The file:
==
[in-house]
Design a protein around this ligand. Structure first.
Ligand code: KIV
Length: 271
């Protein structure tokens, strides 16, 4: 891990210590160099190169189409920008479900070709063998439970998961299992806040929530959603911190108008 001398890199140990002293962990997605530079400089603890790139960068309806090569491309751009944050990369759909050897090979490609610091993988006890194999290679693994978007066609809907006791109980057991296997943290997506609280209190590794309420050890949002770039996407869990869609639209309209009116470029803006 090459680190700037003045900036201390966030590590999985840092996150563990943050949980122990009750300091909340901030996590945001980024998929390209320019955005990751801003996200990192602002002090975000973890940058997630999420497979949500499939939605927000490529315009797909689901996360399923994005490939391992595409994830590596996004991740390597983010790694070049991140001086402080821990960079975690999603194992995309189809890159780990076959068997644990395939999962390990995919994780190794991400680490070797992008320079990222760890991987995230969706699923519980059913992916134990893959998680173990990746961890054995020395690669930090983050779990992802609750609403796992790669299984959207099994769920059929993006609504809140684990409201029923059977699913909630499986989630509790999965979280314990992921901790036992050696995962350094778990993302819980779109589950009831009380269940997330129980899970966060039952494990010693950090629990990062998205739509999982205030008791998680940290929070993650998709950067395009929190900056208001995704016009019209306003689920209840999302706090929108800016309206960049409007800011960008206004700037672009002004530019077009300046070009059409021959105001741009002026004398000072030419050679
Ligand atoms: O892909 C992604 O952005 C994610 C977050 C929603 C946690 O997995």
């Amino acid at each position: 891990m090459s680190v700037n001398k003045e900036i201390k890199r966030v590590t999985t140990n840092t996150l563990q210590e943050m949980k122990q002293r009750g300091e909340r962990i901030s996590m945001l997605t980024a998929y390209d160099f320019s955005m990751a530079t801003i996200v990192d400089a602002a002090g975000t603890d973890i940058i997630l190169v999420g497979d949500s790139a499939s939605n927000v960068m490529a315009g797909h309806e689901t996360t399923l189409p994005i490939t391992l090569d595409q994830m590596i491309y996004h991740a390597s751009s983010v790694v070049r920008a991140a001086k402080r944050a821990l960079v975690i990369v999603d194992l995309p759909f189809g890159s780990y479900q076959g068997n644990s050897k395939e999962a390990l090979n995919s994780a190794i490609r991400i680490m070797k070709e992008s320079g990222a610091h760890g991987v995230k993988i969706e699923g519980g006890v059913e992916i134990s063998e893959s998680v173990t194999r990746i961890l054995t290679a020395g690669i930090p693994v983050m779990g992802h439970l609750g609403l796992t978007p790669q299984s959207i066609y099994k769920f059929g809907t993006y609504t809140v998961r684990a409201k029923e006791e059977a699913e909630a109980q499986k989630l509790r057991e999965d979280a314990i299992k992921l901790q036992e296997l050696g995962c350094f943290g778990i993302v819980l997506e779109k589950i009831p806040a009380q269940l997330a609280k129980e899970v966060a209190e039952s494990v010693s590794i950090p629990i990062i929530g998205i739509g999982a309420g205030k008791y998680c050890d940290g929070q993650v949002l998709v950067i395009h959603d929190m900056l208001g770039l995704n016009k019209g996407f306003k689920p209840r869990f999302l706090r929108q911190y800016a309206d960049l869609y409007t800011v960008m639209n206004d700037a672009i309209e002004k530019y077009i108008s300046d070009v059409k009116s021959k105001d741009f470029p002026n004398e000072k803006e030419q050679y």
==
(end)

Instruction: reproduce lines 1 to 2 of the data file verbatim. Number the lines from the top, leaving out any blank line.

[in-house]
Design a protein around this ligand. Structure first.